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Hard Drop

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What time is it? Where is the sun? Her hands were full of dirt. Her mouth felt full of it too, a grimy, metallic taste. She thought she had forgotten to feed the dog. No, that was yesterday. What day was it today?

The familiar hammer was leaning uncomfortably on the back of her knees. She was face-forward on the ground. When her head stopped spinning enough for her to see the piles of rocks littered around, she remembered where she was – the mines. It must have only been fifteen minutes or so of happily smashing rock after rock before her steps had betrayed her, and now every bone felt broken and her head was splitting as if she had an argument with a speeding truck full of logs.

Much more vividly than that realization, came a tingle in her stomach. She was frantic to dig herself out of the rubble enough to press her fingers to it. Only the fear-pumping adrenaline kept her from fainting again. Under her shaking hands, came the answer so small and so feathery that she held her breath to find it. She held back relief so great that she wanted to vomit, instead, she dragged herself up from her earthly tomb with tears springing to her eyes and her breath returned in uneven gasps as she sobbed wholeheartedly.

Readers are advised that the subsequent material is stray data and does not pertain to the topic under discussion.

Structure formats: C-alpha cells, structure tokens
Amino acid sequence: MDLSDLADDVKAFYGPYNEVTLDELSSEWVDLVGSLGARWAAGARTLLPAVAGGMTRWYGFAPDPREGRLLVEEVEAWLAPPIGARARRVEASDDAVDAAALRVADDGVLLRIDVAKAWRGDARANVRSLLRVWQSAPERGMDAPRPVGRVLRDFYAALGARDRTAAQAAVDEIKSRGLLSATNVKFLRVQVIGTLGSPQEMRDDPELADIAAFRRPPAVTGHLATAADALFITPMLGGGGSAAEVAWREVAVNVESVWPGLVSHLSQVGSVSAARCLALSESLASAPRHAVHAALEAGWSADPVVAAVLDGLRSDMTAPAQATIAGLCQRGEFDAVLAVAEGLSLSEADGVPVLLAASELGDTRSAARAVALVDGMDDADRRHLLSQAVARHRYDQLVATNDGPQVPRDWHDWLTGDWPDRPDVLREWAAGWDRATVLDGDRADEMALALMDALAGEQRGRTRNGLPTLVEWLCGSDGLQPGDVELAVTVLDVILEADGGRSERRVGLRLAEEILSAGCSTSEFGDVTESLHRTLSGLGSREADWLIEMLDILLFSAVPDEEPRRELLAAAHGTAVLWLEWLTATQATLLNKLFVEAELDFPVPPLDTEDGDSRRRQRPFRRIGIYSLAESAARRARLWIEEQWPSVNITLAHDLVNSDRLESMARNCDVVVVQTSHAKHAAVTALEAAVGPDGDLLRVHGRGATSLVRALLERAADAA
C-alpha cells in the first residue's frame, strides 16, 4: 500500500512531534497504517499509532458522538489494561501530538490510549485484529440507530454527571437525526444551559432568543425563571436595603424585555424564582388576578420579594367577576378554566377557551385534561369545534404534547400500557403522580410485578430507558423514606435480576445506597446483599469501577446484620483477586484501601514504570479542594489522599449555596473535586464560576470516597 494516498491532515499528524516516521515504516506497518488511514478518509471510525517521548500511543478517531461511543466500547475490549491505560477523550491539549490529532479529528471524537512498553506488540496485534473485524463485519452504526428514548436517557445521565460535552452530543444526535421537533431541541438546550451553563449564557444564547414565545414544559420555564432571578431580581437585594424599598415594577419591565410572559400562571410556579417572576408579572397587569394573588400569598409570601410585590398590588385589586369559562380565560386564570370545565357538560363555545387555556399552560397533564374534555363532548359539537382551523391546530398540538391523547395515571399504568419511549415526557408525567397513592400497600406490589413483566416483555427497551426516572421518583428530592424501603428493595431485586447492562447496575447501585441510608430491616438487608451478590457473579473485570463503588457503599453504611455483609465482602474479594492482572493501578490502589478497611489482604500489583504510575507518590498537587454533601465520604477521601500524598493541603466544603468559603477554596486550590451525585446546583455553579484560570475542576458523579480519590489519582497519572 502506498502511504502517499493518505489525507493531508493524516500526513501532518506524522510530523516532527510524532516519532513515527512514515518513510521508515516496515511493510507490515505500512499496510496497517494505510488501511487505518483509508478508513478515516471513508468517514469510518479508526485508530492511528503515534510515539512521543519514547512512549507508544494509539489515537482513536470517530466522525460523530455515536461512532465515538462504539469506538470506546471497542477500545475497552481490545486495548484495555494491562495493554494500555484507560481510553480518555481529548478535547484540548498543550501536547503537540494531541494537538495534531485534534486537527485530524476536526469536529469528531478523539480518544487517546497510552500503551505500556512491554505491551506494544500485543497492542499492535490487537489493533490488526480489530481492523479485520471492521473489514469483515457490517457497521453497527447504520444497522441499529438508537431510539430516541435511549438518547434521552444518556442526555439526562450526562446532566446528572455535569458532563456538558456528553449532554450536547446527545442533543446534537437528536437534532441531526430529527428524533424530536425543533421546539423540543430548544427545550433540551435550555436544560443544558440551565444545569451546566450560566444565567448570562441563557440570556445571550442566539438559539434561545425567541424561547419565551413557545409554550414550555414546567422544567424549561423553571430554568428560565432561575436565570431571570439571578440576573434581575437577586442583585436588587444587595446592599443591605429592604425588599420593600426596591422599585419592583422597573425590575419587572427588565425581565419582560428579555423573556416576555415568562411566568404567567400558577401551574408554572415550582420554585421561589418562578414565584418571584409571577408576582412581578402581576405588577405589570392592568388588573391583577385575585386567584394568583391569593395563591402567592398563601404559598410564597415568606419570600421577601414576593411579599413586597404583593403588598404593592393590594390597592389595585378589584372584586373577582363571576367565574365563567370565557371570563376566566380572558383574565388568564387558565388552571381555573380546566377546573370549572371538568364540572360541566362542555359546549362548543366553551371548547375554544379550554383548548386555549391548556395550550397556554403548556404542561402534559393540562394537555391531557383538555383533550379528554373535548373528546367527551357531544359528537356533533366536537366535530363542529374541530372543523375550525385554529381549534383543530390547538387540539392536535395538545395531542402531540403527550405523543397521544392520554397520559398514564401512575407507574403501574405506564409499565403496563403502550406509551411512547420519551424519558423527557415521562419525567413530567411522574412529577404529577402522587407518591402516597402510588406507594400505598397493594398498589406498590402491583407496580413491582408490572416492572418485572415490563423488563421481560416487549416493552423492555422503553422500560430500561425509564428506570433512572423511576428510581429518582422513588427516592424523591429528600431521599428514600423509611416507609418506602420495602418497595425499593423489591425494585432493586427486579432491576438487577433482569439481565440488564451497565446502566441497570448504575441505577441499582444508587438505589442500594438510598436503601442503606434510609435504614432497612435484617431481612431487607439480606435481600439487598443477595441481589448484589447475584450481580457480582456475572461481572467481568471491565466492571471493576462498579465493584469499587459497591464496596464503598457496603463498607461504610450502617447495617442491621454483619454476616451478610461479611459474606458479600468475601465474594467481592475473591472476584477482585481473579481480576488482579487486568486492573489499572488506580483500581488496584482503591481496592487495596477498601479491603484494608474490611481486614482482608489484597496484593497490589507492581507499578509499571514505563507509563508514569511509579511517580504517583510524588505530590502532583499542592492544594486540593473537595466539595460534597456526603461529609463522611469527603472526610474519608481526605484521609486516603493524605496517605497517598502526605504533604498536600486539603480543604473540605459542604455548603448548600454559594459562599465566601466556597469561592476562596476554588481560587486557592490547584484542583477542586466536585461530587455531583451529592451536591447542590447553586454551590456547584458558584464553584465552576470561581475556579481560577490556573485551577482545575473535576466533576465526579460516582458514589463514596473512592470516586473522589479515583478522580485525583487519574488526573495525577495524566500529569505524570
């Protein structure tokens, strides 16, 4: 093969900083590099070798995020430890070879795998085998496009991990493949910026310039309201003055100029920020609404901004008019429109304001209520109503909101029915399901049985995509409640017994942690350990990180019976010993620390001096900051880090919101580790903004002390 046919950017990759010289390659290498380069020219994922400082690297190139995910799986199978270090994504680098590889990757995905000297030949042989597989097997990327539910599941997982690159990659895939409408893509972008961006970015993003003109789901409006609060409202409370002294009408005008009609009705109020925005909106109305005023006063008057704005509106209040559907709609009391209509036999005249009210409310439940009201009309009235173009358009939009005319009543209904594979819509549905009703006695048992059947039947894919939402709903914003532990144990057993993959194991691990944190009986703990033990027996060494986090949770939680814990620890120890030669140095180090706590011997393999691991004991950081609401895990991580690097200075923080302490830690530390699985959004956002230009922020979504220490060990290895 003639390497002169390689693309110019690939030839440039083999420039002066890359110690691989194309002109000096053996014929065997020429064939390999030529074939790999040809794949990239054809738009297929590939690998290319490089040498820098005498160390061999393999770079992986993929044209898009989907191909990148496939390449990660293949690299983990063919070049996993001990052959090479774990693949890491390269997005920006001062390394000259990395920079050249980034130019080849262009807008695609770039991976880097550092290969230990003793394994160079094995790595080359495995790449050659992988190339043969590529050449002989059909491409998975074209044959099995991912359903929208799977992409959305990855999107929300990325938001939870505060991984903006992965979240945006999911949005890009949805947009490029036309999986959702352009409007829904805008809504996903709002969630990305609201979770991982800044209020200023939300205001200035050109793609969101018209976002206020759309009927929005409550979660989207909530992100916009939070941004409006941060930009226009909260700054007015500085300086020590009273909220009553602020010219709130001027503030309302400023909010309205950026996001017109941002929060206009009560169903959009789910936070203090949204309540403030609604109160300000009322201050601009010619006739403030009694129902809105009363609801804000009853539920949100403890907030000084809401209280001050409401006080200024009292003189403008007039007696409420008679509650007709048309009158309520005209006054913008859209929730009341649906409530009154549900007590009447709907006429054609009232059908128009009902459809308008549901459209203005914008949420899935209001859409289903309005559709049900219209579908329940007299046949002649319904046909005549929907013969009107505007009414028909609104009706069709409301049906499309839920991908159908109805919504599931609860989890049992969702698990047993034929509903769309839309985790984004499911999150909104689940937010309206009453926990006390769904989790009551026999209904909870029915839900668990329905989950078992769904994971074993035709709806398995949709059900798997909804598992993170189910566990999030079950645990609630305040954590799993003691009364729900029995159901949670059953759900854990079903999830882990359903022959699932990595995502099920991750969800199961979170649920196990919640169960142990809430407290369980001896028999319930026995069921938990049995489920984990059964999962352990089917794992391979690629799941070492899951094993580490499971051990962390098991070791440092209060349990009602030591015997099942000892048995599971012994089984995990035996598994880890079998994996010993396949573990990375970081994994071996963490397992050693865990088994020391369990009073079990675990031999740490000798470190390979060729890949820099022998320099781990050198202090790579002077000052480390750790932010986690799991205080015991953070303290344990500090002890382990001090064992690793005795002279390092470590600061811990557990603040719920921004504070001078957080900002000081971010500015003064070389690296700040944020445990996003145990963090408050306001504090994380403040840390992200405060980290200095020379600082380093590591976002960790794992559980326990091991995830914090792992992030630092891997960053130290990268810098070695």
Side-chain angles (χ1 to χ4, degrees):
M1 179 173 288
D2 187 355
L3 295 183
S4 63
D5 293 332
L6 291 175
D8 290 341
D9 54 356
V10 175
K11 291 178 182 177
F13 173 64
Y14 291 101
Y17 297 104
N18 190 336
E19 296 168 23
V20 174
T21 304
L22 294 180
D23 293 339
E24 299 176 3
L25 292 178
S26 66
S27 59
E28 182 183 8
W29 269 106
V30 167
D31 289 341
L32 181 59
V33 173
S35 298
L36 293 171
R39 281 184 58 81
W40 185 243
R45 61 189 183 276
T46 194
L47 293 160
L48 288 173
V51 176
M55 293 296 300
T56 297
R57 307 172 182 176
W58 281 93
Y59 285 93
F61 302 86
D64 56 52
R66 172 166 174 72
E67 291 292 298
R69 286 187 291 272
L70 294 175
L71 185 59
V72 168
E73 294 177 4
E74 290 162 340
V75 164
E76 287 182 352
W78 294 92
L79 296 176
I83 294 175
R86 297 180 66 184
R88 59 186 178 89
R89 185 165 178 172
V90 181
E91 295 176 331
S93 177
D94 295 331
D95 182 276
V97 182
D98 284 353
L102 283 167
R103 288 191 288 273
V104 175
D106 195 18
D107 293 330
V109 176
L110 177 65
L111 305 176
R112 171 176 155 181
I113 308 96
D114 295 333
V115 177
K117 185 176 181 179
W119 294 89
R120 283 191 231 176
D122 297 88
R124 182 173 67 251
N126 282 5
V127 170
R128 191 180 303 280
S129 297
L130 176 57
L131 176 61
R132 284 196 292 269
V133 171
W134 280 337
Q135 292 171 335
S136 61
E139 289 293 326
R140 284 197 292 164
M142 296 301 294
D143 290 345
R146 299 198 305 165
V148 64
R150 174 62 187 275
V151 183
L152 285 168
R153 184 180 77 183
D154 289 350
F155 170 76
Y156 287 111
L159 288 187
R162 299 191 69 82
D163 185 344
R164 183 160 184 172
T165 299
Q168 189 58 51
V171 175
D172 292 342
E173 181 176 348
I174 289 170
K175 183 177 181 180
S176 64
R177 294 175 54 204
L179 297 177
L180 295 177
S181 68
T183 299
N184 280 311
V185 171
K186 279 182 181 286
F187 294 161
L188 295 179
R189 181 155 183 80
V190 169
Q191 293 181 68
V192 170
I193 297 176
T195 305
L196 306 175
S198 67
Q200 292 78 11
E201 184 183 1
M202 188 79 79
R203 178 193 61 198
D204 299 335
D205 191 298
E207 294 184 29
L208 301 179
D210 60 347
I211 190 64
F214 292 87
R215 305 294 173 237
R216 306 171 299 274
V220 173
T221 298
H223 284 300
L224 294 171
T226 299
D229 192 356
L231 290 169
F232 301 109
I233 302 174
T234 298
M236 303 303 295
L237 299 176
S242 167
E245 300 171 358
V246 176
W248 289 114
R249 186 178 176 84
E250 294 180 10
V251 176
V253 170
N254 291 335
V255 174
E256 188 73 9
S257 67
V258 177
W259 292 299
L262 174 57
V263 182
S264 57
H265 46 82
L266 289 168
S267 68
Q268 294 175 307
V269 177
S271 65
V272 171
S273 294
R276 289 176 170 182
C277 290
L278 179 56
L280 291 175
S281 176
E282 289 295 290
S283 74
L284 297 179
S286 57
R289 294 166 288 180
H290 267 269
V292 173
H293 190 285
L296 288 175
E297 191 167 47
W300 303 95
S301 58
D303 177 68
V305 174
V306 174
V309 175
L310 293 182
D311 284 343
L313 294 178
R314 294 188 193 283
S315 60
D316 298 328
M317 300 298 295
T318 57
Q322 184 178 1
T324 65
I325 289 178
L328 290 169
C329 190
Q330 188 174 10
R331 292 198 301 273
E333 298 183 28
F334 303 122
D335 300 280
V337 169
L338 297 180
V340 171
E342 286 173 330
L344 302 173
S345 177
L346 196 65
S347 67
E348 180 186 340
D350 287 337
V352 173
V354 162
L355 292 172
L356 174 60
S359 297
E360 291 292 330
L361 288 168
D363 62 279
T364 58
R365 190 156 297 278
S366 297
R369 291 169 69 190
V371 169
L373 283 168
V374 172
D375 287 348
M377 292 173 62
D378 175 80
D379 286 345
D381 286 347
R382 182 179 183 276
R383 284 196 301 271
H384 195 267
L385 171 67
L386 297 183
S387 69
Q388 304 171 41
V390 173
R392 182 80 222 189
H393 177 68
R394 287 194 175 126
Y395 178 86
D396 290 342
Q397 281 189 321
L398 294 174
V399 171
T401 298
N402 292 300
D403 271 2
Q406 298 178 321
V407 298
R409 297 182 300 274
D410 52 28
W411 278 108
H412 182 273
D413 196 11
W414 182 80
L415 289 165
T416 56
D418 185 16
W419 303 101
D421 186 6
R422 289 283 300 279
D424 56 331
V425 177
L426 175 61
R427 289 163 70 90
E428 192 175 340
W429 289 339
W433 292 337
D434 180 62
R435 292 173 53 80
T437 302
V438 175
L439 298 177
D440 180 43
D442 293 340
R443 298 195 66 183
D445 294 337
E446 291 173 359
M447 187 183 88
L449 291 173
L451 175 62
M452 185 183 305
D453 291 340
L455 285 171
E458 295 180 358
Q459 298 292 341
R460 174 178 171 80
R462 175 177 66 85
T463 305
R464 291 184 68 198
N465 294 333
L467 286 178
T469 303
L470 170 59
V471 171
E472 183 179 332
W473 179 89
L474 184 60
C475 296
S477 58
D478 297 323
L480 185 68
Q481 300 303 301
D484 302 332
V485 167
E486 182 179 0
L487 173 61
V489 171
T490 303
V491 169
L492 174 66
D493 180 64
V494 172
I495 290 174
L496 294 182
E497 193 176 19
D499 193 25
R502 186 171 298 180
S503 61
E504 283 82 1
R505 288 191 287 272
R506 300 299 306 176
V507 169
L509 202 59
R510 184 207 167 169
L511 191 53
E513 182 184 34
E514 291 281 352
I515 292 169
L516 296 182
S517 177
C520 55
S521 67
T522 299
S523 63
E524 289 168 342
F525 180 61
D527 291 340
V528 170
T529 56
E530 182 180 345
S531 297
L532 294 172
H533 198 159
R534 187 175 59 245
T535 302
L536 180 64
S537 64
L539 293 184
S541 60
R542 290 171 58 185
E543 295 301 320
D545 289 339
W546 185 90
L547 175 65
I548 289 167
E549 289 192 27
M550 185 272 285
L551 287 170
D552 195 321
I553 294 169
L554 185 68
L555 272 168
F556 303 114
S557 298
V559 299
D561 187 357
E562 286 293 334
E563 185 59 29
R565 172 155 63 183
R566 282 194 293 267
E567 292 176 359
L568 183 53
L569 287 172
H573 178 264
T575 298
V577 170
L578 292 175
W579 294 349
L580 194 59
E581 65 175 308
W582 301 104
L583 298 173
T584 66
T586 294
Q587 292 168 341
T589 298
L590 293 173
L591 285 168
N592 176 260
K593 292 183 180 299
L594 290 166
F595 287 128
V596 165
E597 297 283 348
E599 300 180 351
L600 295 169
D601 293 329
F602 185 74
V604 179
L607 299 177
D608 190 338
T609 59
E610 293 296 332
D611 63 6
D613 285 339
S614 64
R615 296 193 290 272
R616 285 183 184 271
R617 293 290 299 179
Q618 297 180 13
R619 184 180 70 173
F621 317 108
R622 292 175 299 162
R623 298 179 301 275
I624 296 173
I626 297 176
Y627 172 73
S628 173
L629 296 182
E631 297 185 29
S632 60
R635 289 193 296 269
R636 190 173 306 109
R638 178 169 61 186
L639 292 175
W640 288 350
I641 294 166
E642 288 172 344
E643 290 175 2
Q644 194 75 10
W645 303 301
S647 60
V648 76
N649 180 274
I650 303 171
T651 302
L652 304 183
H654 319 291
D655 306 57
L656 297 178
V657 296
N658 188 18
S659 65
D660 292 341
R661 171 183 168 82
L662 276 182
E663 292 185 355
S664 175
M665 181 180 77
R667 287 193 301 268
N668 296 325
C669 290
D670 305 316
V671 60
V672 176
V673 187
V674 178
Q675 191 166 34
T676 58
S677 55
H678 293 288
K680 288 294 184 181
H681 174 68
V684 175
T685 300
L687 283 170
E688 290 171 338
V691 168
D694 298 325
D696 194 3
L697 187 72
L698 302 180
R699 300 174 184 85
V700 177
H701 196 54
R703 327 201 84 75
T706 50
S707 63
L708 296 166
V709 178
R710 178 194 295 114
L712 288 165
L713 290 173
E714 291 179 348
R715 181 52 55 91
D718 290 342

She had to get out of here. She had to get home. There was no one else she could rely on to rescue her, however many floors down she had fallen.

He might. No, he definitely would. Guns blazing.

But the thought was lost in urgency and hysteria. She left the tools she had trusted for more than five years of her life, and dug her nails through the dirt towards her home.

 


 

I was getting quite good at our routine. Early rise, breakfast gulped down whether there was appetite or not, hurried kiss that tasted of said breakfast, before she parted with a grin and was not to be seen again until the next meal.

My cooking repertoire grew. Every day I would make something different. I wasn’t about to let her cook, I had learnt that lesson prematurely. It was more the charm of her lovingly prepared pumpkin soup than the taste. If I were to be honest, it was usually bland and a little too watery. But the way her eyes marked me the moment she entered my room in those early days both intrigued and unsettled me. I was anything but oblivious.